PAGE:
By Stuart Davis and Charlotte Collins
Following on from the Financial Conduct Authority’s (FCA’s) consumer warning on Initial Coin Offerings (ICOs) in September, the FCA has announced a deeper examination of this area in its Feedback Statement on Distributed Ledger Technology (DLT) and related press release. The FCA stated that it will consider whether regulatory action beyond the consumer warning is required.
The earlier Discussion Paper on DLT had asked for feedback on the legal and regulatory risks associated with ICOs (see Latham’s related Client Alert). According to the FCA, many respondents considered ICOs as having the potential to “dynamise innovation”, although others raised concerns about potential risks and possible investor harm.
FCA Views on the ICO Market
In the Feedback Statement, the FCA highlights that, in its view, a well-functioning ICO market can materially contribute to the development of DLT. However, the FCA stresses that promoters of ICOs must take the steps needed to enable fully informed decision-making by potential acquirers of their tokens. This concern stems from the fact that not all ICOs fall within the regulatory perimeter, and so the usual investor protection measures that would, for example, apply in the case of an initial public offering, will not necessarily apply.
Further, as ICOs are a relatively new phenomenon and do not fit neatly within the existing regulatory framework, identifying whether or not an ICO does sit within the regulatory perimeter can be challenging. This means that, even when the usual investor protection measures should be applied, there is a risk that participants may not appreciate that this is the case.
Annex 1 to the Feedback Statement sets out some high-level regulatory considerations for parties involved with ICOs, highlighting the regulatory rules that may apply. The FCA stresses that participants must take responsibility for assessing their own regulatory position. Considerations include, for example, whether parties are carrying on any regulated activities and therefore require authorisation, whether any financial promotions are being communicated, and whether a prospectus may be required.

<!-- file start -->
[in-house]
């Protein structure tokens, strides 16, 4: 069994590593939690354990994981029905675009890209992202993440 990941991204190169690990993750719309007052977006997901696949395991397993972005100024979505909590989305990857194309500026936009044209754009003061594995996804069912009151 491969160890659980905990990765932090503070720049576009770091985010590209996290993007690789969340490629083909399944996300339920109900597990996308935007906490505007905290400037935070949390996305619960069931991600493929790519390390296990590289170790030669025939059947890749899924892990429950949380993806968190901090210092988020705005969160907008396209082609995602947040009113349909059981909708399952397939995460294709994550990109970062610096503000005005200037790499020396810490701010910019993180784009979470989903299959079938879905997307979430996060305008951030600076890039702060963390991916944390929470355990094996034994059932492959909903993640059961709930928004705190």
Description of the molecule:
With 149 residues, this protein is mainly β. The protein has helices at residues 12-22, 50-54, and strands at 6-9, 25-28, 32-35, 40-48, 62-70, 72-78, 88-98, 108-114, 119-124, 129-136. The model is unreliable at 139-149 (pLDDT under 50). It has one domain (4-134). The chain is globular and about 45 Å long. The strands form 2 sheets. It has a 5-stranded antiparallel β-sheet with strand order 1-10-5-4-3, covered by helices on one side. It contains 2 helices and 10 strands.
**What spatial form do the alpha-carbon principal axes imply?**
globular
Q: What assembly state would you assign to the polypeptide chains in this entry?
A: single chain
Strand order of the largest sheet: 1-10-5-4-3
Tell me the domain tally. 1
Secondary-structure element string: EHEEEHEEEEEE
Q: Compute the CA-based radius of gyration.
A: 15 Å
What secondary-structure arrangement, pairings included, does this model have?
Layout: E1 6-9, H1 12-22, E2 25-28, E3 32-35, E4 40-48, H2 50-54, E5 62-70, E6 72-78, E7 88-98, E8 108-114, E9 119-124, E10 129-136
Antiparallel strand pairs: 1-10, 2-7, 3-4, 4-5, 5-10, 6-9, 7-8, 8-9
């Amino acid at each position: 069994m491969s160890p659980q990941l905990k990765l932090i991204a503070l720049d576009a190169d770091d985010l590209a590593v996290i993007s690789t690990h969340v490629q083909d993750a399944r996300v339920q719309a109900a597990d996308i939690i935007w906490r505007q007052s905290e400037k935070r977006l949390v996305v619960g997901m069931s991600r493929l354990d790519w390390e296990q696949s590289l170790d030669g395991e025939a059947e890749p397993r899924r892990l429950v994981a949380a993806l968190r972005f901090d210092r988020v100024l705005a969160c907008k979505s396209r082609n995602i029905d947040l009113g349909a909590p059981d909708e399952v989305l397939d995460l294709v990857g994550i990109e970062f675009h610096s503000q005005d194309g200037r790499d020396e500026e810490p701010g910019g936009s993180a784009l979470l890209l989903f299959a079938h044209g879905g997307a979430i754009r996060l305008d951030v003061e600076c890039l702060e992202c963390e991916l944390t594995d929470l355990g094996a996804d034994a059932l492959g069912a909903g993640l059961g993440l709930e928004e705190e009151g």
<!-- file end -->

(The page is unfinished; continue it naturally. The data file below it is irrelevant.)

The FCA plans to gather further evidence, to help it keep pace with developments relating to the ICO market. The FCA will then consider whether any specific regulatory interventions are required. In undertaking this work, the FCA will look to engage with both national and international regulators, and states that it will welcome further opportunities to engage with the technology and financial services communities. Therefore, interested parties should consider engaging with the FCA to help it better understand the market.
Support for Participants
The FCA also explains in the Feedback Statement how ICOs may make use of the Innovation Hub and Regulatory Sandbox to help navigate the regulatory framework. According to the FCA, a small number of ICOs have engaged with the FCA in this way, including one firm that has made use of the Sandbox. The FCA explains that firms may use the Sandbox, subject to meeting the eligibility criteria, particularly the consumer benefit criterion.
In the context of ICOs, the FCA clarifies that meeting this criterion means either:
- The ICO must fall within the regulatory perimeter and be fully compliant with UK and other relevant regimes.
- If outside the regulatory perimeter, the ICO must be designed, promoted, and governed in line with best practice, so that potential acquirers are properly informed about the proposition that is being marketed to them.
Therefore, parties considering seeking the support of the Sandbox should reflect on this criterion carefully before applying.
Anti-Money Laundering Concerns
This development comes as the European Parliament and the Council announced that they have reached agreement on proposals to amend the EU anti-money laundering framework (the so-called “MLD V” proposals). The proposals are designed to bring the current MLD IV framework, which has applied since June 2017, up to speed with recent market developments.
One part of the proposals involves applying anti-money laundering and counter terrorist financing rules to entities that are in charge of holding, storing, and transferring virtual currencies — such as Bitcoin — therefore potentially affecting ICO participants.
This will mean relevant entities having to conduct “know your customer” measures, and report suspicious activity to the appropriate Financial Intelligence Unit, in the same way that most financial institutions are already required to. Although the impact will not be immediate (the text needs to be formally endorsed by the European legislators, and after that there may be an implementation period of up to 18 months before the new rules apply), this shows an intention to bring virtual currencies within the scope of regulation in one very important area.
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